Alma Garza
Sociology
angarza@uci.edu

The theory of social capital has stimulated an enormous debate regarding the type of relationships that best facilitate the academic performance of students. Findings consistently indicate that students enjoy more positive educational outcomes when they count on supportive parents, have academically aspiring peers or hold good relationships with their teachers (Coleman 1988; Croninger and Lee 2001; Crosnoe, Cavanagh and Elder 2003). In recognizing the importance of how structural factors impact micro-level interactions, more recent literature has also traced how neighborhood or school contexts mediate or are mediated by the influence of social capital on students’ academic performance (Crosnoe, Cavanagh and Elder 2003; Roscigno 1998; Ainsworth 2002). However, these studies do not adequately capture how the context component of social capital interacts with micro-level processes because they study these factors separately or can only understand the impact of one factor while holding the others constant.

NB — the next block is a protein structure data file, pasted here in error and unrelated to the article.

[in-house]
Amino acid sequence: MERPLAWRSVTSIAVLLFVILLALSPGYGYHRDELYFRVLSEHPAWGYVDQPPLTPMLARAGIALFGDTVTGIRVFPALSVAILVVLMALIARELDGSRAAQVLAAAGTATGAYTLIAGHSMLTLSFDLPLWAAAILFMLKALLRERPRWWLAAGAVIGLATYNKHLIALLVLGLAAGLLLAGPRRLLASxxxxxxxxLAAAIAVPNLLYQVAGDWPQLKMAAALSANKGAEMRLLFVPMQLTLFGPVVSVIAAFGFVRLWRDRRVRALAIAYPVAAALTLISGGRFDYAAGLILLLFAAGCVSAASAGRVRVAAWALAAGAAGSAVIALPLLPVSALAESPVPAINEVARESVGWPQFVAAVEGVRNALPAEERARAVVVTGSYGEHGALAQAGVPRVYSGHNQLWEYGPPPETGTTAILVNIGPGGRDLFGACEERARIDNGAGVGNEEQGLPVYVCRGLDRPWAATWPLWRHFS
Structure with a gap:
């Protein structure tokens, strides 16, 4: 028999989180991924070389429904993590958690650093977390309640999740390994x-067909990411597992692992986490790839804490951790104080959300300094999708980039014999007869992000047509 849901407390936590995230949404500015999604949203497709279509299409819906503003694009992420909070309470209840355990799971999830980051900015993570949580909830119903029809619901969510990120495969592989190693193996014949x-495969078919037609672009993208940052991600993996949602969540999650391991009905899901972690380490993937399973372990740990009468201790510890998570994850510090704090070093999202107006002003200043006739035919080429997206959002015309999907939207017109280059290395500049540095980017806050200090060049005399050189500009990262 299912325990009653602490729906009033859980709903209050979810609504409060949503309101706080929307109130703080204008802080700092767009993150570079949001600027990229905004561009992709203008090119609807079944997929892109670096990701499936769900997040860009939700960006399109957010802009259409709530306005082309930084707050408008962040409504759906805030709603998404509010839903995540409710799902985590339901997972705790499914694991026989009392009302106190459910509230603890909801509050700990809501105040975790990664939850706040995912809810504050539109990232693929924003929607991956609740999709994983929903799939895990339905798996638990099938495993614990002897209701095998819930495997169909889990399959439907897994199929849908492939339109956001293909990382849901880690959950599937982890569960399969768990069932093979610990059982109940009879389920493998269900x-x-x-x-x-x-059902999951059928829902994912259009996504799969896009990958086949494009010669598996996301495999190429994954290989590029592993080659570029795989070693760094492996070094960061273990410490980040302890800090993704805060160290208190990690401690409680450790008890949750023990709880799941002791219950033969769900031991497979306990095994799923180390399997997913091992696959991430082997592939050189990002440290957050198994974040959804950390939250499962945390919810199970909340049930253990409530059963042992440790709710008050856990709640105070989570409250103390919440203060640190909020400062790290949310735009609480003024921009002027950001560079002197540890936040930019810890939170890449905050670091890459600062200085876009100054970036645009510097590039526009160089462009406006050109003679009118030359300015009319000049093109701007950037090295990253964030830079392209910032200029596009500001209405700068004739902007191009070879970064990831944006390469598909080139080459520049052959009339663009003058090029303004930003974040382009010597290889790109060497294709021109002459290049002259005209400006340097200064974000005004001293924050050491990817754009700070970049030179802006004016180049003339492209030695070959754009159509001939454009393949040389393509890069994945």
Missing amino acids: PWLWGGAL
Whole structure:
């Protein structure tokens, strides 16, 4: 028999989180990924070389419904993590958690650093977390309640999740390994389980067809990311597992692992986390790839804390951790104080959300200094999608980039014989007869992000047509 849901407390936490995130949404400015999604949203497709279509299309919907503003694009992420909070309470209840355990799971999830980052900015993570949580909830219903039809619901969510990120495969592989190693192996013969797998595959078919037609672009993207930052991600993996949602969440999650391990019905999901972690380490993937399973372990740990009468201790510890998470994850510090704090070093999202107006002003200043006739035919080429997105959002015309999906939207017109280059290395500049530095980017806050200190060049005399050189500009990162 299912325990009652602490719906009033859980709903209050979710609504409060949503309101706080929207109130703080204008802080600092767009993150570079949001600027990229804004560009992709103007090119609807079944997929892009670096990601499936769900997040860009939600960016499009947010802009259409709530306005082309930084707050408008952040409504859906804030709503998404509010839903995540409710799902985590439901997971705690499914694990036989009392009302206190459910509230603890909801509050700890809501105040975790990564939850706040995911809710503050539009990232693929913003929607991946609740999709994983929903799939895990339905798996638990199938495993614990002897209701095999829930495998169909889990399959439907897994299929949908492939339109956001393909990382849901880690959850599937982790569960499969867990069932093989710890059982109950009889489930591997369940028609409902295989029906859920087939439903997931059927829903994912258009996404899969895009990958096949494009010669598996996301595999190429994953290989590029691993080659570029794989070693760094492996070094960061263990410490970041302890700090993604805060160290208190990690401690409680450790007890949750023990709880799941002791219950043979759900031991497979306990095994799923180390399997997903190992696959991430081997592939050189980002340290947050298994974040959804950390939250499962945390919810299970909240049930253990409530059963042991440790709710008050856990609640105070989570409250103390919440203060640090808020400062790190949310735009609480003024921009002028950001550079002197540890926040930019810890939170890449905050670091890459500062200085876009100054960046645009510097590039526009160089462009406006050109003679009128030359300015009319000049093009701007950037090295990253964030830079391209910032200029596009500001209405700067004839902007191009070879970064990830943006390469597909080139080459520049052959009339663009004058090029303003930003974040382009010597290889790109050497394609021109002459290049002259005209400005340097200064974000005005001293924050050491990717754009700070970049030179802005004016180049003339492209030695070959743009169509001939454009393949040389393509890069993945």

I draw on the restricted-use 2002 Educational Longitudinal Study (ELS: 2002) to understand the conditions under which members of black, Hispanic, Asian and immigrant groups are able to enroll in college. I take a holistic assessment of how parent, peer and teacher social capital interact with neighborhood and school context in order to determine the specific pathways or conditions under which these sources of capital enable enrollment in college for underrepresented youth. Fuzzy Set Qualitative Comparitive Analysis (fs/QCA) is the primary analytic method employed in this study because it is uniquely disposed to address my objective. It operates on set theoretic principles and allows me to discover what subset of conditions produce a given outcome (Ragin 2008).